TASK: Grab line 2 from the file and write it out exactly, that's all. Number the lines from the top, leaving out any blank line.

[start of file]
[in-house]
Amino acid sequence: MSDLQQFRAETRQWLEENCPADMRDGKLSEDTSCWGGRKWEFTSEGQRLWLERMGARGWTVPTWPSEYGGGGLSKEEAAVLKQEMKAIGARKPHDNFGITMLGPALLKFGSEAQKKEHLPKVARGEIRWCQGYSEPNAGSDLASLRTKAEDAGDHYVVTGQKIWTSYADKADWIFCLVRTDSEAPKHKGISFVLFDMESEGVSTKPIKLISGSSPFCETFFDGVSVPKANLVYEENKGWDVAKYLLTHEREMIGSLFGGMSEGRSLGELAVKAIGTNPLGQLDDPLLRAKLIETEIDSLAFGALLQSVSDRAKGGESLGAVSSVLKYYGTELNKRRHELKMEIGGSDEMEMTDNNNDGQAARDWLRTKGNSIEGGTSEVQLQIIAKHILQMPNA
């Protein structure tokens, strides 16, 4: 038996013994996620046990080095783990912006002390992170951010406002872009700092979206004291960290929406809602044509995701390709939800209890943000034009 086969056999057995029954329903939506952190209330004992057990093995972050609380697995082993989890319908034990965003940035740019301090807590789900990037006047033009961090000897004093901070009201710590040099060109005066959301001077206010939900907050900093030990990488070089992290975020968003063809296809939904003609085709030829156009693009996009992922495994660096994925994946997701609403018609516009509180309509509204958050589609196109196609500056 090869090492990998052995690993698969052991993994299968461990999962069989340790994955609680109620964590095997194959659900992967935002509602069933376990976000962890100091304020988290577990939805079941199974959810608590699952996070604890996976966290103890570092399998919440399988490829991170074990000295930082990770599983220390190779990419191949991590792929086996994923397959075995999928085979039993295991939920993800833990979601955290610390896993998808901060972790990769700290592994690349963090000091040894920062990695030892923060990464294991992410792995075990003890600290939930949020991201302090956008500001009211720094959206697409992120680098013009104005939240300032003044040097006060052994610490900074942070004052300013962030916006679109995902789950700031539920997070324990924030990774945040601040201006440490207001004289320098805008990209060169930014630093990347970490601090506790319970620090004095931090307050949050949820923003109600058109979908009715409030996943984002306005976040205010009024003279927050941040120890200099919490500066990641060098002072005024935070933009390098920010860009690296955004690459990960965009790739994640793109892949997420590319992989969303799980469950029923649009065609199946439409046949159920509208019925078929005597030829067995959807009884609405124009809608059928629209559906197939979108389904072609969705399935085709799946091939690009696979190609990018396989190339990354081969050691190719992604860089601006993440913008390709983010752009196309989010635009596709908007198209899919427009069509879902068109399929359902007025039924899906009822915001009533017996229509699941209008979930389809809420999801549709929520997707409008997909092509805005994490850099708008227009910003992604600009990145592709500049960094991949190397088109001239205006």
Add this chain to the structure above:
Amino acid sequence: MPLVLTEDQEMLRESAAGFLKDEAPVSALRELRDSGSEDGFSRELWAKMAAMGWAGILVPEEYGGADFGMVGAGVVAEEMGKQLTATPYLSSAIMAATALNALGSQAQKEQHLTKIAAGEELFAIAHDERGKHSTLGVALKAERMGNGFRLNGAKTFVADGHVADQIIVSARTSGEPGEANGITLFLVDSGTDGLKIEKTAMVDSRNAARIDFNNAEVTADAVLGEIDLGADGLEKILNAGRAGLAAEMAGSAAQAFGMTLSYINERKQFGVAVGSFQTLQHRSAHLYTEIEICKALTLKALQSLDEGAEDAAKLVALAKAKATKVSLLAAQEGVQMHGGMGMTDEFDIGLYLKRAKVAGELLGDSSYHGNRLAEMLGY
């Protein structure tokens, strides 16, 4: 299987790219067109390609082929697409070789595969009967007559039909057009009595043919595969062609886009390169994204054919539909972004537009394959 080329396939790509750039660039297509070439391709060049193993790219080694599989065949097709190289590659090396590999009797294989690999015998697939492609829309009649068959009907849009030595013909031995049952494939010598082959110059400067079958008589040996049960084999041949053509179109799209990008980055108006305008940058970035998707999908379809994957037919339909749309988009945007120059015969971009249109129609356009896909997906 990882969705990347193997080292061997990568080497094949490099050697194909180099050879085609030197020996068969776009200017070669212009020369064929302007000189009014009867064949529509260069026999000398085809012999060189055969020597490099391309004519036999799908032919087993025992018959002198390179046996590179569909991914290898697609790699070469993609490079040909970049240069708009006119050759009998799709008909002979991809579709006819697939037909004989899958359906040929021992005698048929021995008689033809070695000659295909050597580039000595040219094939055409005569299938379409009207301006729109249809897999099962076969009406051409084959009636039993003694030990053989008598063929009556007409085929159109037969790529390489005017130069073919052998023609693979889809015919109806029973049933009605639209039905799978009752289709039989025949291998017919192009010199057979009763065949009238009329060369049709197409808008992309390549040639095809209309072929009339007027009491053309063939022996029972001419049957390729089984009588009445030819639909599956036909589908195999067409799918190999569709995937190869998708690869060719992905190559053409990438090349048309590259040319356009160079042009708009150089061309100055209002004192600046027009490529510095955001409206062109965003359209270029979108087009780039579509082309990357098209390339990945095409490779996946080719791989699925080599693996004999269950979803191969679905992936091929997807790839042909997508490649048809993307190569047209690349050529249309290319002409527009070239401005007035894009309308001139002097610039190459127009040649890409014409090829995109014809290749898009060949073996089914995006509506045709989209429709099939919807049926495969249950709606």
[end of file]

Amino acid sequence: MSDLQQFRAETRQWLEENCPADMRDGKLSEDTSCWGGRKWEFTSEGQRLWLERMGARGWTVPTWPSEYGGGGLSKEEAAVLKQEMKAIGARKPHDNFGITMLGPALLKFGSEAQKKEHLPKVARGEIRWCQGYSEPNAGSDLASLRTKAEDAGDHYVVTGQKIWTSYADKADWIFCLVRTDSEAPKHKGISFVLFDMESEGVSTKPIKLISGSSPFCETFFDGVSVPKANLVYEENKGWDVAKYLLTHEREMIGSLFGGMSEGRSLGELAVKAIGTNPLGQLDDPLLRAKLIETEIDSLAFGALLQSVSDRAKGGESLGAVSSVLKYYGTELNKRRHELKMEIGGSDEMEMTDNNNDGQAARDWLRTKGNSIEGGTSEVQLQIIAKHILQMPNA